Still, talking about these practices means things are changing. Once whispered about but never discussed publicly, corruption is now front and center – the topic of this year’s Media Nation 9. It’s unique because it addressed the issue head-on and recommended steps forward. 

Key to making it work, many agreed, is to harness collective action among news organizations.

Beyond the Philippines

“Media corruption has no place in media,” Walesa told journalists even as he urged us to question the values behind the economic and political systems being challenged today in global movements.  “The world has never been as dependent on media as it is today,” he said.

While that may be true, on Thursday, November 29, Lord Justice Brian Leveson delivered a scathing, 2,000-page report on the culture, practices and ethics of the British press. It was prompted by an investigation triggered by a phone hacking scandal by Rupert Murdoch’s News of the World.

“Most corporate entities would be appalled that employees were involved in the commission of crime in order to further their business,” the report said. “Not so at the News of the World. When the police sought to execute a warrant, they were confronted and driven off by the staff of the newspaper.”

Leveson said the relationship between media and government in Britain is “damaging.” Over the past 35 years “and probably much longer,” politicians and the press had “developed too close a relationship in a way that has not been in the public interest,” he added.

While Leveson is harshly critical of the publishers of News of the World (which Murdoch shut down shortly after the inquiry began), he didn’t recommend criminal charges.

Instead, he outlined the formation of a new independent watchdog to be set up by a new law: “There should be legislation to underpin the independent self-regulatory system.” That’s caused much debate and controversy.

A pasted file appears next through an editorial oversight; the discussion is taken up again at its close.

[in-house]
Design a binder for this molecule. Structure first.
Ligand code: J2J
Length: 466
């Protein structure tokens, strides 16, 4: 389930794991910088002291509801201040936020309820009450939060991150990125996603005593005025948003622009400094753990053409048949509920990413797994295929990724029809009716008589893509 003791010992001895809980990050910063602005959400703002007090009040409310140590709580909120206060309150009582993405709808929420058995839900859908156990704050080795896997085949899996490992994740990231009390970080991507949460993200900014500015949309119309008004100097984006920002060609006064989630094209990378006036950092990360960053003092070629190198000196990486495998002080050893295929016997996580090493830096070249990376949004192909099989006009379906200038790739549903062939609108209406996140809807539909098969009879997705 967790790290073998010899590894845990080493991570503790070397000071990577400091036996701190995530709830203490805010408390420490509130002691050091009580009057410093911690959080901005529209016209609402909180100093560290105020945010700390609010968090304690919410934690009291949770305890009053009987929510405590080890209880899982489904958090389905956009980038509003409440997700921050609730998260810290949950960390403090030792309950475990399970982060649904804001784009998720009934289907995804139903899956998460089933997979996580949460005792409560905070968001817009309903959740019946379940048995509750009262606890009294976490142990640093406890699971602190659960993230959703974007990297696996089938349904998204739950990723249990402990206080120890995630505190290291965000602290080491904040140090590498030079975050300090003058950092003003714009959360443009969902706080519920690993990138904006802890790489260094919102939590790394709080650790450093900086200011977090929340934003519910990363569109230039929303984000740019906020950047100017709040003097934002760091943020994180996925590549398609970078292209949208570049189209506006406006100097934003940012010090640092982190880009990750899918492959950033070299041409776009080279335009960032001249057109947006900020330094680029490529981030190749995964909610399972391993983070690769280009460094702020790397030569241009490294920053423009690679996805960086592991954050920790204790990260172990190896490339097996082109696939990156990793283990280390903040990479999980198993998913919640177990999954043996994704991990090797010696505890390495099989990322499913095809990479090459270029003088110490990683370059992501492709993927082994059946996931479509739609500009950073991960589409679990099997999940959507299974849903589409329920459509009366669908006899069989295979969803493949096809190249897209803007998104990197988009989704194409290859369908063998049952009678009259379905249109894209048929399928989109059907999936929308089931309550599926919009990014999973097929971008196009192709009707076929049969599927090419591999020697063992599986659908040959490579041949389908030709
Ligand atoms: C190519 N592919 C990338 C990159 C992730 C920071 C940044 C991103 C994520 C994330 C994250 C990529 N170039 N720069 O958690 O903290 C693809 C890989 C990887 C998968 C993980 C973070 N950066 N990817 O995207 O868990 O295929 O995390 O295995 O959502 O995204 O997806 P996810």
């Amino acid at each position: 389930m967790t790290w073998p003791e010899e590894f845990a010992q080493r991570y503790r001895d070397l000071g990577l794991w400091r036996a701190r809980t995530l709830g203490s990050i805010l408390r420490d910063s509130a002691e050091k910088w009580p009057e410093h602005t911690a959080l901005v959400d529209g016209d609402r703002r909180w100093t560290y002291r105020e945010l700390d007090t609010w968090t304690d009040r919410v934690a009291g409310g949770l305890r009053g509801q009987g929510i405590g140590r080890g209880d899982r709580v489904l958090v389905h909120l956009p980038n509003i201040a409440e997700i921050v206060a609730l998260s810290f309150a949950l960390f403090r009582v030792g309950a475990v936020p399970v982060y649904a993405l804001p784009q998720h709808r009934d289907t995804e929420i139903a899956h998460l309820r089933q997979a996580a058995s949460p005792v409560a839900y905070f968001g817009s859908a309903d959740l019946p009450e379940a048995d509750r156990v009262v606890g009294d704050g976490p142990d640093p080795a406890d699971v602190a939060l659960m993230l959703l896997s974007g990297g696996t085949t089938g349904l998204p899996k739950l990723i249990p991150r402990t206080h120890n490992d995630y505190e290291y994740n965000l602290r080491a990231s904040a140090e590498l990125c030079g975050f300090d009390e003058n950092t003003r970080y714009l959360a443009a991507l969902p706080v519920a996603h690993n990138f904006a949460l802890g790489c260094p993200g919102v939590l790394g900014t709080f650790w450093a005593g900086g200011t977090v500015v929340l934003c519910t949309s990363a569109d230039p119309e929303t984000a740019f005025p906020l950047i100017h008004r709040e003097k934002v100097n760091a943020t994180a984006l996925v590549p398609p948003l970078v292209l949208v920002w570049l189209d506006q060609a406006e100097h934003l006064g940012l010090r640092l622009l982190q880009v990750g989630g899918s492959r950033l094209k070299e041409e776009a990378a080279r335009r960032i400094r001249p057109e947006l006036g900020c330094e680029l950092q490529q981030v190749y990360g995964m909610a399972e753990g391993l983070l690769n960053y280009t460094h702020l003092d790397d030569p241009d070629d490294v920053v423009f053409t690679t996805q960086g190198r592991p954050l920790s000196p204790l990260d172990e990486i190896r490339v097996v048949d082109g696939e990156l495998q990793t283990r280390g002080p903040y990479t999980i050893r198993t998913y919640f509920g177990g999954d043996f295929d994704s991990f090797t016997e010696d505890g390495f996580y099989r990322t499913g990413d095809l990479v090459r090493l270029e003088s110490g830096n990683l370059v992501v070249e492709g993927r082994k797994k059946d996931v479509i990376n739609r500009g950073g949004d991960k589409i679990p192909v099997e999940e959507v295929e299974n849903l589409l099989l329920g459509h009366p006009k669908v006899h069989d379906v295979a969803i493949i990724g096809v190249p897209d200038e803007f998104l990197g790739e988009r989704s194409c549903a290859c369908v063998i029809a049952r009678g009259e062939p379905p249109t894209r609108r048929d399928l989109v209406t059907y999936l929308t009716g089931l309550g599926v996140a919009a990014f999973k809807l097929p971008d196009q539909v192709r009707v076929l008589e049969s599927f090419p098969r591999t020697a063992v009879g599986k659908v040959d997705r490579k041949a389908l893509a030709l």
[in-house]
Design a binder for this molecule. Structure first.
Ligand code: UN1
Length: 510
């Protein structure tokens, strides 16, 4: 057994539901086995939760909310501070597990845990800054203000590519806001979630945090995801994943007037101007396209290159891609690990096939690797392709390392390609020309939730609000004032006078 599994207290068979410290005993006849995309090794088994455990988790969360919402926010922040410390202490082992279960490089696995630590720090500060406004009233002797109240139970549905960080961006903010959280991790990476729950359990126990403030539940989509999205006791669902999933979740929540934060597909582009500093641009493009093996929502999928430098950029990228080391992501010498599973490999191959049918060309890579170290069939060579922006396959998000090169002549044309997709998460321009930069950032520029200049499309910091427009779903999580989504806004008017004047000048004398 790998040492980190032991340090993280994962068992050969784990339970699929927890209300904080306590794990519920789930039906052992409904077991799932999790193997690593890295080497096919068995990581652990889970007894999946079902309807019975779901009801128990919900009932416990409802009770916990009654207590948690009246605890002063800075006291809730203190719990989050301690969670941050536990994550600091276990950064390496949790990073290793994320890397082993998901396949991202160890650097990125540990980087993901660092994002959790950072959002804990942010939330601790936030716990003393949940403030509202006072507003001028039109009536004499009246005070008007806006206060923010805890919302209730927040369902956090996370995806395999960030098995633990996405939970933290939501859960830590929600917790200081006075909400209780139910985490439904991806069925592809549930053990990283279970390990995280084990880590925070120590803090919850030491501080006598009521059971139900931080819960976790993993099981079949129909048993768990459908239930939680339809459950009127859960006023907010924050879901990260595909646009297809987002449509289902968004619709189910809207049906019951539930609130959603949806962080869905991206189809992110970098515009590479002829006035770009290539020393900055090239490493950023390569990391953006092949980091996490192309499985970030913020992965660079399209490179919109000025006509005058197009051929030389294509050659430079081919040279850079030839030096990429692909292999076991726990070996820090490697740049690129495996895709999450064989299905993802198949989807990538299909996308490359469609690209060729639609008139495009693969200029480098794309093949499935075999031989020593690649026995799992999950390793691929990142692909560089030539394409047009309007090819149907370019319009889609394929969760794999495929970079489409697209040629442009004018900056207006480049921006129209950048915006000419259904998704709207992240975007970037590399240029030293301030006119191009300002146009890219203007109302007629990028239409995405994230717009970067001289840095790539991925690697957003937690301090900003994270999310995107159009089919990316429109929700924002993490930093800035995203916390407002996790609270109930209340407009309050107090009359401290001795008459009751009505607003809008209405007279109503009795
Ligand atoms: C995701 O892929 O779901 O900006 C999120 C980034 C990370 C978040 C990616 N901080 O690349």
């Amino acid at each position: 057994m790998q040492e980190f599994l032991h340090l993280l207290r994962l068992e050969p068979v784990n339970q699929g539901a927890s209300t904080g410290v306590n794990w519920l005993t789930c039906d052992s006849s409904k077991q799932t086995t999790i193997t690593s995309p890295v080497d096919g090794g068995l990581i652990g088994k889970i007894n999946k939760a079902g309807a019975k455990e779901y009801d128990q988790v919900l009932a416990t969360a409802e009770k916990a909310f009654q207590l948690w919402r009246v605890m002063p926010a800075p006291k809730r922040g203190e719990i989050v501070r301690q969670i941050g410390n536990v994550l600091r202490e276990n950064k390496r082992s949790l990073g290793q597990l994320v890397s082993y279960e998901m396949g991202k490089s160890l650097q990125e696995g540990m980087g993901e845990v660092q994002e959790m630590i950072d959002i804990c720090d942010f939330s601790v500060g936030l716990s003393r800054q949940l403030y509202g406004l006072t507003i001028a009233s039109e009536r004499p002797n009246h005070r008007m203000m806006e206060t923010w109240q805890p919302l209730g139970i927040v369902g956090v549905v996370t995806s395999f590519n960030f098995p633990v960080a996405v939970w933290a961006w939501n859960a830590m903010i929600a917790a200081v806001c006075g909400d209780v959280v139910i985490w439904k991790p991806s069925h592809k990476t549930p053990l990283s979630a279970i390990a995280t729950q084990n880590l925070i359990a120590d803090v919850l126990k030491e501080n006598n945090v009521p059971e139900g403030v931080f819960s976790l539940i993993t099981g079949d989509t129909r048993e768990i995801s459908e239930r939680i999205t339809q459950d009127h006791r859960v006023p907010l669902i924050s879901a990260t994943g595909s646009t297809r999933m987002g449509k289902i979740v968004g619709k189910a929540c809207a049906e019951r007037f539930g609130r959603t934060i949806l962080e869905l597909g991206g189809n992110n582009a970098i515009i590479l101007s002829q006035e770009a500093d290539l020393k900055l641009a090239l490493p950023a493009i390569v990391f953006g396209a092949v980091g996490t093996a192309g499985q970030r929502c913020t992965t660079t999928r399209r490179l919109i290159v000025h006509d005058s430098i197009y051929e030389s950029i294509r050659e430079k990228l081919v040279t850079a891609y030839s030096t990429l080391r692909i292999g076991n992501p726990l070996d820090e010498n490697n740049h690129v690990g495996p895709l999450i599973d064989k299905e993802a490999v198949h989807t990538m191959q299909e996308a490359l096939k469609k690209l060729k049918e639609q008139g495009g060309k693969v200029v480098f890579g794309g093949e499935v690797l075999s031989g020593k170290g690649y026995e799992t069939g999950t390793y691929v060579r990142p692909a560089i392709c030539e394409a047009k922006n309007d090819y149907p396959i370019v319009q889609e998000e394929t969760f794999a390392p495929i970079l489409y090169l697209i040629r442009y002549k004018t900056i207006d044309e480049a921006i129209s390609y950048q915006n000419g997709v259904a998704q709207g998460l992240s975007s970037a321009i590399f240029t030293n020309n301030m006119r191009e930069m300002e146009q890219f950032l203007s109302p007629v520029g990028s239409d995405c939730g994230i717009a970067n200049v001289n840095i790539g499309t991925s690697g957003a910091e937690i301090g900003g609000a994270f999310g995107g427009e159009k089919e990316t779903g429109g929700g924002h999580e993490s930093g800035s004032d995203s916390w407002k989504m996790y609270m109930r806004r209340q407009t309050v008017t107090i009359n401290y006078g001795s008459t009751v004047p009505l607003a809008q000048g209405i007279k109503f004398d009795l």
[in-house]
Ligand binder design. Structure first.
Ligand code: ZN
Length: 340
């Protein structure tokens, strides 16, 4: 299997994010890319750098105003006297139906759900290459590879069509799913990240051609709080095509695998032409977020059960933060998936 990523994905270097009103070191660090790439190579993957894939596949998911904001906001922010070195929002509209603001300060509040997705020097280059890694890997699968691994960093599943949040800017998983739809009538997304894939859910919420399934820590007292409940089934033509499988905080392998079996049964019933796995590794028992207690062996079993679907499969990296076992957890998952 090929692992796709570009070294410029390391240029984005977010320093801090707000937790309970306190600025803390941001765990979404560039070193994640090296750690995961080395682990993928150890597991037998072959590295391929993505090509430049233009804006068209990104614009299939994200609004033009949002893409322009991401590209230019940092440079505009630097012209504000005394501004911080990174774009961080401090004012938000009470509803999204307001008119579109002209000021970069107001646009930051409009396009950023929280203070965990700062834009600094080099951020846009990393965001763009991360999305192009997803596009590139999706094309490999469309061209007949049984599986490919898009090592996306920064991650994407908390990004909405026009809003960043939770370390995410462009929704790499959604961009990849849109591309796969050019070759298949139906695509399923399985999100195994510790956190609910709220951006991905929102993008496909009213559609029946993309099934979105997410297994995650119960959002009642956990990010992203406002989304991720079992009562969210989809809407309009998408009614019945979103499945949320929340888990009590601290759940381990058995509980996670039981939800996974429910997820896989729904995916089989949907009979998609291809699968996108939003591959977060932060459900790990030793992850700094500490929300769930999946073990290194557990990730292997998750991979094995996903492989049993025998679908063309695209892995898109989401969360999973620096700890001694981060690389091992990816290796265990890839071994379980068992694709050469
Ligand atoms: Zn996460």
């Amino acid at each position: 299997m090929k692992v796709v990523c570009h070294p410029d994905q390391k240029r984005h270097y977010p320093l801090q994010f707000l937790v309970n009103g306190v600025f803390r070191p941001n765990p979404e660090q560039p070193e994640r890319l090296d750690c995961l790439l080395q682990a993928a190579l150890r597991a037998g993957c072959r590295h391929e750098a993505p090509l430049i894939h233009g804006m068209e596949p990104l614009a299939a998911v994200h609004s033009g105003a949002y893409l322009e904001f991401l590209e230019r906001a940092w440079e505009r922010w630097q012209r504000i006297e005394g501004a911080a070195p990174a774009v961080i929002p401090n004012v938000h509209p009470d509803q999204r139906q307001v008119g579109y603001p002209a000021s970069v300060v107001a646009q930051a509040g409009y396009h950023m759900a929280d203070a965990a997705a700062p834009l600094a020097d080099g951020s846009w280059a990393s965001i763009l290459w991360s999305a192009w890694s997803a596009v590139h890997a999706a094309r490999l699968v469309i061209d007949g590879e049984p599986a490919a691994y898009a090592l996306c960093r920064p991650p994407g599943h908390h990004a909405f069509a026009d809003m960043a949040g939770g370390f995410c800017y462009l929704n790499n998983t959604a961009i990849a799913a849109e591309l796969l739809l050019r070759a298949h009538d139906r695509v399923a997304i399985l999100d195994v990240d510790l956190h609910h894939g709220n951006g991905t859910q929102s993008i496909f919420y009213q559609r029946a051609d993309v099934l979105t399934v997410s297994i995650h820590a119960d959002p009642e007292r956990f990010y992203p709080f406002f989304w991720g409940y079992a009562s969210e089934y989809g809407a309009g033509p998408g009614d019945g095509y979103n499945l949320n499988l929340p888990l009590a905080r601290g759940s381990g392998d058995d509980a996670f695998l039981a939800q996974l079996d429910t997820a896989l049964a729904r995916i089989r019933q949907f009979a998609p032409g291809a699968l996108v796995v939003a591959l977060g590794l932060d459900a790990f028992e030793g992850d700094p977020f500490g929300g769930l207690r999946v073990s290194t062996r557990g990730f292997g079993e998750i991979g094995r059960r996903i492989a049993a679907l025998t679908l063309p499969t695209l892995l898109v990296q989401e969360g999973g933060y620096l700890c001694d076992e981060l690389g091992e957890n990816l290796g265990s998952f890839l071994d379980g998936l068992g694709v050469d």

Leveson said there’s “a cultural tendency within parts of the press vigorously to resist or dismiss complainants almost as a matter of course” instead of using their power to resort to “high-volume, extremely personal attacks on those who challenge them.”

The report talks about an “ethical vacuum” on the Internet, the global “network of networks” and acknowledges, “It is clear that the enforcement of law and regulation online is problematic.”

Role of journalists

Things are changing. Power structures are collapsing. Unethical practices are coming to light.  

In the Philippines, media’s soul-searching is in full swing, a move to anticipate and deal with pitfalls ahead. 

Some of the findings of the Leveson report could just as easily apply in this country, and the Tow Center report is a foreshadowing of problems ahead. 

Will we have the courage to forge ahead: to break up cozy relationships between politicians and the press, to give up money that doesn’t belong to us, to blow the whistle on our friends? 

Reforming an institution from within is harder than a scorched-earth policy. Still, I think the phoenix rising out of the ashes will bring greater transparency, and the journalist’s role will be as essential in the future as it is today.  

Society will always need “a truth-teller, sense-maker, explainer” and “a cadre of full-time workers who report the things that someone somewhere doesn’t want reported.” –


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Maria A. Ressa

Maria Ressa has been a journalist in Asia for nearly 35 years. As Rappler's co-founder, executive editor and CEO, she has endured constant political harassment and arrests by the Duterte government. For her courage and work on disinformation and 'fake news,' Maria was named Time Magazine’s 2018 Person of the Year, was among its 100 Most Influential People of 2019, and has also been named one of Time's Most Influential Women of the Century. She was also part of BBC's 100 most inspiring and influential women of 2019 and Prospect magazine's world's top 50 thinkers, and has won many awards for her contributions to journalism and human rights. Before founding Rappler, Maria focused on investigating terrorism in Southeast Asia. She opened and ran CNN's Manila Bureau for nearly a decade before opening the network's Jakarta Bureau, which she ran from 1995 to 2005. She wrote Seeds of Terror: An Eyewitness Account of al-Qaeda’s Newest Center of Operations in Southeast Asia and From Bin Laden to Facebook: 10 Days of Abduction, 10 Years of Terrorism.